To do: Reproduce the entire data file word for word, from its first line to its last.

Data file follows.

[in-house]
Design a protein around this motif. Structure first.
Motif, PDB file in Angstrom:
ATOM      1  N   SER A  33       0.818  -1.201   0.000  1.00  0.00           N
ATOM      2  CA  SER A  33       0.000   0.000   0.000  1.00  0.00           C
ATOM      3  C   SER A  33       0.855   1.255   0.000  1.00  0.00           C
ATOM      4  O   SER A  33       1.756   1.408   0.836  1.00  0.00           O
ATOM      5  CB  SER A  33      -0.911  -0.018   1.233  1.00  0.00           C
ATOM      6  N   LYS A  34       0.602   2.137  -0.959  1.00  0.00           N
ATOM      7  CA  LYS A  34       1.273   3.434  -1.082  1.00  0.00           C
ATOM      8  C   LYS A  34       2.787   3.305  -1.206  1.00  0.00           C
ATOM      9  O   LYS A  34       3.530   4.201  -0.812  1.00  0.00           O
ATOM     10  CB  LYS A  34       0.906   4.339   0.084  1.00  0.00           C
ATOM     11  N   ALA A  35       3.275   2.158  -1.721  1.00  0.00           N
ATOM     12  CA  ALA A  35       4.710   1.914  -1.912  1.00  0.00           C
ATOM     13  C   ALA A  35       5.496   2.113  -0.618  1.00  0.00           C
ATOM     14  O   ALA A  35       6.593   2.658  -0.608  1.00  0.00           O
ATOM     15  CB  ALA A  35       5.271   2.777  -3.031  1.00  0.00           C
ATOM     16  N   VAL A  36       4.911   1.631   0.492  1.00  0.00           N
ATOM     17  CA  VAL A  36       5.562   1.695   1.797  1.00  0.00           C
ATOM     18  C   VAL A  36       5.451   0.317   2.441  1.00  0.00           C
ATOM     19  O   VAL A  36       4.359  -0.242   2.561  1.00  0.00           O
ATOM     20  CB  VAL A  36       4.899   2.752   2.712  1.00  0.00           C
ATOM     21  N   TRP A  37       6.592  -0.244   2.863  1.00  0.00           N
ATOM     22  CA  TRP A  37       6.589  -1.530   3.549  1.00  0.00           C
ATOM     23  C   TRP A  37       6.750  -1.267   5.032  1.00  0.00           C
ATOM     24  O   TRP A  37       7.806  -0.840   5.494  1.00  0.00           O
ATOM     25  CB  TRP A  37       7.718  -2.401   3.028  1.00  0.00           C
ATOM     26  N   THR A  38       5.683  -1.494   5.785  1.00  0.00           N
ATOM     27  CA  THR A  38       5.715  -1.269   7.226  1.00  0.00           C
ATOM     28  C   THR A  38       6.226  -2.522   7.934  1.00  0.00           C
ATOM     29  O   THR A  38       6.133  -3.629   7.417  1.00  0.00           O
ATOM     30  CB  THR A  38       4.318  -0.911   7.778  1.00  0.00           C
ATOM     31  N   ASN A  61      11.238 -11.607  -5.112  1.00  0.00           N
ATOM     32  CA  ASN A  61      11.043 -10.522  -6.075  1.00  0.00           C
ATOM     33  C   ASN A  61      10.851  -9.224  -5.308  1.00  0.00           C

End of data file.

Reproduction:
[in-house]
Design a protein around this motif. Structure first.
Motif, PDB file in Angstrom:
ATOM      1  N   SER A  33       0.818  -1.201   0.000  1.00  0.00           N
ATOM      2  CA  SER A  33       0.000   0.000   0.000  1.00  0.00           C
ATOM      3  C   SER A  33       0.855   1.255   0.000  1.00  0.00           C
ATOM      4  O   SER A  33       1.756   1.408   0.836  1.00  0.00           O
ATOM      5  CB  SER A  33      -0.911  -0.018   1.233  1.00  0.00           C
ATOM      6  N   LYS A  34       0.602   2.137  -0.959  1.00  0.00           N
ATOM      7  CA  LYS A  34       1.273   3.434  -1.082  1.00  0.00           C
ATOM      8  C   LYS A  34       2.787   3.305  -1.206  1.00  0.00           C
ATOM      9  O   LYS A  34       3.530   4.201  -0.812  1.00  0.00           O
ATOM     10  CB  LYS A  34       0.906   4.339   0.084  1.00  0.00           C
ATOM     11  N   ALA A  35       3.275   2.158  -1.721  1.00  0.00           N
ATOM     12  CA  ALA A  35       4.710   1.914  -1.912  1.00  0.00           C
ATOM     13  C   ALA A  35       5.496   2.113  -0.618  1.00  0.00           C
ATOM     14  O   ALA A  35       6.593   2.658  -0.608  1.00  0.00           O
ATOM     15  CB  ALA A  35       5.271   2.777  -3.031  1.00  0.00           C
ATOM     16  N   VAL A  36       4.911   1.631   0.492  1.00  0.00           N
ATOM     17  CA  VAL A  36       5.562   1.695   1.797  1.00  0.00           C
ATOM     18  C   VAL A  36       5.451   0.317   2.441  1.00  0.00           C
ATOM     19  O   VAL A  36       4.359  -0.242   2.561  1.00  0.00           O
ATOM     20  CB  VAL A  36       4.899   2.752   2.712  1.00  0.00           C
ATOM     21  N   TRP A  37       6.592  -0.244   2.863  1.00  0.00           N
ATOM     22  CA  TRP A  37       6.589  -1.530   3.549  1.00  0.00           C
ATOM     23  C   TRP A  37       6.750  -1.267   5.032  1.00  0.00           C
ATOM     24  O   TRP A  37       7.806  -0.840   5.494  1.00  0.00           O
ATOM     25  CB  TRP A  37       7.718  -2.401   3.028  1.00  0.00           C
ATOM     26  N   THR A  38       5.683  -1.494   5.785  1.00  0.00           N
ATOM     27  CA  THR A  38       5.715  -1.269   7.226  1.00  0.00           C
ATOM     28  C   THR A  38       6.226  -2.522   7.934  1.00  0.00           C
ATOM     29  O   THR A  38       6.133  -3.629   7.417  1.00  0.00           O
ATOM     30  CB  THR A  38       4.318  -0.911   7.778  1.00  0.00           C
ATOM     31  N   ASN A  61      11.238 -11.607  -5.112  1.00  0.00           N
ATOM     32  CA  ASN A  61      11.043 -10.522  -6.075  1.00  0.00           C
ATOM     33  C   ASN A  61      10.851  -9.224  -5.308  1.00  0.00           C